MISA-Zimbabwe has commended the government for categorising the media as an essential service, among other critical sectors, whose operations should not be restricted during the national lockdown given the important role it plays in advancing the exercise and enjoyment of fundamental rights and freedoms.
However, the media rights lobby said the first two weeks of the 21-day national lockdown had put to test the State's preparedness to accept media freedom as a number of journalists were being arrested and harassed by the police.
"Regrettably, events during the first week of the lockdown have severely tested the country's adherence and respect for the right to media freedom as provided for under Section 61 of the Constitution which also promotes freedom of expression," said MISA Zimbabwe in a statement.
"Even more critical is Section 62, which provides for the right to access to information, which is very critical in keeping citizens informed on developments and measures being implemented by government and other key stakeholders in combating COVID-19.
"Unfortunately, MISA Zimbabwe has since recorded cases involving the arrest and harassment of journalists and media workers (newspaper vendors) by the police during the first week of the lockdown."
It said notable recent cases were those of journalists Nunurai Jena in Chinhoyi and Panashe Makufa in Harare.
"The journalists were accused of conducting their lawful professional duties without valid journalism accreditation cards issued by the Zimbabwe Media Commission (ZMC)."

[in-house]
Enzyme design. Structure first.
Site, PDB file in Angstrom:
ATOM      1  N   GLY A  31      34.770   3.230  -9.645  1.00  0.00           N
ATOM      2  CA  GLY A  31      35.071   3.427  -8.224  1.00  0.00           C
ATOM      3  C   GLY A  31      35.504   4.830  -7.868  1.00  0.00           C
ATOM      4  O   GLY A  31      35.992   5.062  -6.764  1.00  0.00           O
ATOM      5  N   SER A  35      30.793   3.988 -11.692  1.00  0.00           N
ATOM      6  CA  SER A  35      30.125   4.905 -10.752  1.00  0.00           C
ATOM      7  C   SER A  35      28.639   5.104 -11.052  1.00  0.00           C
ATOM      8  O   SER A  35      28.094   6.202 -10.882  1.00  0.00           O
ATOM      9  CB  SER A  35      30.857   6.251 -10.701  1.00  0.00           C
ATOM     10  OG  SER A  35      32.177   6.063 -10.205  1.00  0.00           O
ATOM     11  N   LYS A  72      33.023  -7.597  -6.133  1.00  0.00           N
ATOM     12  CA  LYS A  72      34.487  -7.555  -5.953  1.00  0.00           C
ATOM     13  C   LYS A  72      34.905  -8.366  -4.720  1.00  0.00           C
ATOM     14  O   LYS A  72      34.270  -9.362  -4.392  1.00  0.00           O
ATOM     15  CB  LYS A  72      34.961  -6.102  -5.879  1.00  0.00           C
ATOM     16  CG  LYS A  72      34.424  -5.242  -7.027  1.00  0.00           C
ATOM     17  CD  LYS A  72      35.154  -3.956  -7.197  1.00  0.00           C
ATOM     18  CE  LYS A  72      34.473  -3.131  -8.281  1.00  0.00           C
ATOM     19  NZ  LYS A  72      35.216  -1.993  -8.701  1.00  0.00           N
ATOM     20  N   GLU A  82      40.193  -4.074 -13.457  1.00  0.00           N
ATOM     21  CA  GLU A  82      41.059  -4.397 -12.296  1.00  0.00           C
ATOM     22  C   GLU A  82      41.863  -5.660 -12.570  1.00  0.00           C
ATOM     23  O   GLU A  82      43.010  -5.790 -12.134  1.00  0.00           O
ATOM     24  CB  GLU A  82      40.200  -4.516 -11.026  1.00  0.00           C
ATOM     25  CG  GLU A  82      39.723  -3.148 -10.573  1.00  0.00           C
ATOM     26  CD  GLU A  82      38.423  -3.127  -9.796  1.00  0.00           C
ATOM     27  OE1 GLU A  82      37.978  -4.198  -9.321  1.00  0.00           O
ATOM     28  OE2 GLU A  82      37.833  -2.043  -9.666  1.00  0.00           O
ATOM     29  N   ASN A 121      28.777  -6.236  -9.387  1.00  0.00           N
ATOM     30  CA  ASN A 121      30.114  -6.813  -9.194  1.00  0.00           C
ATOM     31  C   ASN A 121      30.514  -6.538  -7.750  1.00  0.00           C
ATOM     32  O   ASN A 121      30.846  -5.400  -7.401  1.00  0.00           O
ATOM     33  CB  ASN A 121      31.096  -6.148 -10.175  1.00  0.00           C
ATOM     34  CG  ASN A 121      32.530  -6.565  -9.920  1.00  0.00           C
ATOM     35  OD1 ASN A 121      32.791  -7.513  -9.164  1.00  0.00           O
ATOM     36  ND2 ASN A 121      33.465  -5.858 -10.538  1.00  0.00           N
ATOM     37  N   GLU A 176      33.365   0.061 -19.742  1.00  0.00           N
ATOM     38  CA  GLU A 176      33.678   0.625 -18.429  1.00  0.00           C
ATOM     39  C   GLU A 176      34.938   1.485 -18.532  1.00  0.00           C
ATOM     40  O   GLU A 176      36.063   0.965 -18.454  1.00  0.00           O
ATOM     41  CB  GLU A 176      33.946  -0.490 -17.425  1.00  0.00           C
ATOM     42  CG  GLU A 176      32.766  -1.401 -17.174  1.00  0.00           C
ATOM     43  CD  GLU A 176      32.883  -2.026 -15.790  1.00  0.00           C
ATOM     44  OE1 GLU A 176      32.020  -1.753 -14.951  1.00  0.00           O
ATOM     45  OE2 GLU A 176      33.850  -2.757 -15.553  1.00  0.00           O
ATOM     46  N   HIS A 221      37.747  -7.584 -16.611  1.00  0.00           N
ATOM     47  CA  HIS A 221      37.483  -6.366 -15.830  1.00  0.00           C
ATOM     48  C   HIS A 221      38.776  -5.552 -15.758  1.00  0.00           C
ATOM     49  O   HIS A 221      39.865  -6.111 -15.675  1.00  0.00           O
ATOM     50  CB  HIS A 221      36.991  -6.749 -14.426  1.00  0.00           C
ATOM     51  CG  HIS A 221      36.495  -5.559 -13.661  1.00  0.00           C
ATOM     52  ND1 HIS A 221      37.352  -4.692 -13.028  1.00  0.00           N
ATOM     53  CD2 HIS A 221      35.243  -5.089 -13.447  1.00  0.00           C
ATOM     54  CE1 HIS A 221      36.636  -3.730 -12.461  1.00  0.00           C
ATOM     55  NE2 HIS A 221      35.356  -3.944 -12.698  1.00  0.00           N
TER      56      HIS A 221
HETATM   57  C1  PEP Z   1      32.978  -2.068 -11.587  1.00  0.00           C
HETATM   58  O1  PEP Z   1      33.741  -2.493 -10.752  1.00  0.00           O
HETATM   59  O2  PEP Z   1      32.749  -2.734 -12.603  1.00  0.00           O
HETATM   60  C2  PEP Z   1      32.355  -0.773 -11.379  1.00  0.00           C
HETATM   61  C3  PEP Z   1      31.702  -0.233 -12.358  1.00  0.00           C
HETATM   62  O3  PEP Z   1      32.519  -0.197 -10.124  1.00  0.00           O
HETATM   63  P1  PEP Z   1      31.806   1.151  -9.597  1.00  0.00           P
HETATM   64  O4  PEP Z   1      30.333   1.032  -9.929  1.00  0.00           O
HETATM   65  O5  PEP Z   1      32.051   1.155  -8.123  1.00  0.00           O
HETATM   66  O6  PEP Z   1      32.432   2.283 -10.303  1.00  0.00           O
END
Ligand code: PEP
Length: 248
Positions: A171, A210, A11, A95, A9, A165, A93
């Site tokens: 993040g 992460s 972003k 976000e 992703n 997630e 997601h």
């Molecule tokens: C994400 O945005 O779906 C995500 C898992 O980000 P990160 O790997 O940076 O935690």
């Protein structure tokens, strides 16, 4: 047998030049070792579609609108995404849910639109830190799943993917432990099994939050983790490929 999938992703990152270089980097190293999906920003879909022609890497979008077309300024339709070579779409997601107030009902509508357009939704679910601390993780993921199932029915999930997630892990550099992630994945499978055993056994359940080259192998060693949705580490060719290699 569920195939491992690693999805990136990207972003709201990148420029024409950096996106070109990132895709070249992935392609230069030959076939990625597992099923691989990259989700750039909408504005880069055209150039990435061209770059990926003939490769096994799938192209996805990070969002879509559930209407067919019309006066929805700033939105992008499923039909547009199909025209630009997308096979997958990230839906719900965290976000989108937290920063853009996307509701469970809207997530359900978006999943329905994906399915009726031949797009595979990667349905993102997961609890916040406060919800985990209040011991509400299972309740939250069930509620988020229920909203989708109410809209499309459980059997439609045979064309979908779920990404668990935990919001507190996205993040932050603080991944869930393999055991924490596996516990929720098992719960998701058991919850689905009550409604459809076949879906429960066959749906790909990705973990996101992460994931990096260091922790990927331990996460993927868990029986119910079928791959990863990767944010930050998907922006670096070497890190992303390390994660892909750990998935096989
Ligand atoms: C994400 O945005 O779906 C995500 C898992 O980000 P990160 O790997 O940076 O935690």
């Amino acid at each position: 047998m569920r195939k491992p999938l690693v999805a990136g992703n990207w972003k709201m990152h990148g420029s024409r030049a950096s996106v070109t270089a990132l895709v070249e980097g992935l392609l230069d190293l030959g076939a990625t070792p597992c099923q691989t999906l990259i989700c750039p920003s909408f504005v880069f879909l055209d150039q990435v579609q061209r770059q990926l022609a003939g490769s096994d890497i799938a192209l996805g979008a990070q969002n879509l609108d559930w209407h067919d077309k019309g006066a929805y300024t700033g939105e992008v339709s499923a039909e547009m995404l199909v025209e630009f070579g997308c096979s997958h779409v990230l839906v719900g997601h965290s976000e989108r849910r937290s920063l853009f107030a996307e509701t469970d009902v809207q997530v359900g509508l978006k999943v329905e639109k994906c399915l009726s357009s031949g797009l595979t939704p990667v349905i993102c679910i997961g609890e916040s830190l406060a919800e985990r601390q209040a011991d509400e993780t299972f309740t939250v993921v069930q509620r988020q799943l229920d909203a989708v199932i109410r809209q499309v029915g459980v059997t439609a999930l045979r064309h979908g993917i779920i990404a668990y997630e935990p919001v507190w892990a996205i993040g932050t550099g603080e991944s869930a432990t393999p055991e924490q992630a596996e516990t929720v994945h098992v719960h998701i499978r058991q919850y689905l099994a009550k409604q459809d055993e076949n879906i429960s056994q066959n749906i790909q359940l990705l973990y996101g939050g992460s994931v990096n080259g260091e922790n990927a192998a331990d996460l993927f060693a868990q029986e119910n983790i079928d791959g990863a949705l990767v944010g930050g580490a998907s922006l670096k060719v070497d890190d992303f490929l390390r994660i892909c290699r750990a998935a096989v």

However, the ZMC is still to issue valid 2020 accreditation cards.
"It is against that background that journalists were given the go-ahead to operate until the new and valid cards are duly issued. Ironically, by arresting and harassing journalists that are operating without the valid 2020 cards, the police are not only violating the right to media freedom, but the government and ZMC's directive that
the media as an essential service, should be allowed to conduct its operations without hindrance until the issuance of the valid 2020 cards.
"The media should be allowed to play its critical role in the free flow of information and ideas that will keep the nation informed in the fight against COVID-19 as well as the measures that individual citizens can take to prevent infections and spread of the virus. In fact, the police and the media should play a complementary role in that regard.
"The police should therefore not view journalists and media workers as enemies and should accordingly be guided by the Constitution in the discharge of their duties and responsibilities. On the other hand, the media should be professional in conducting its lawful duties and ethical responsibilities in line with the profession's codes and ethics and safety and security measures," MISA said.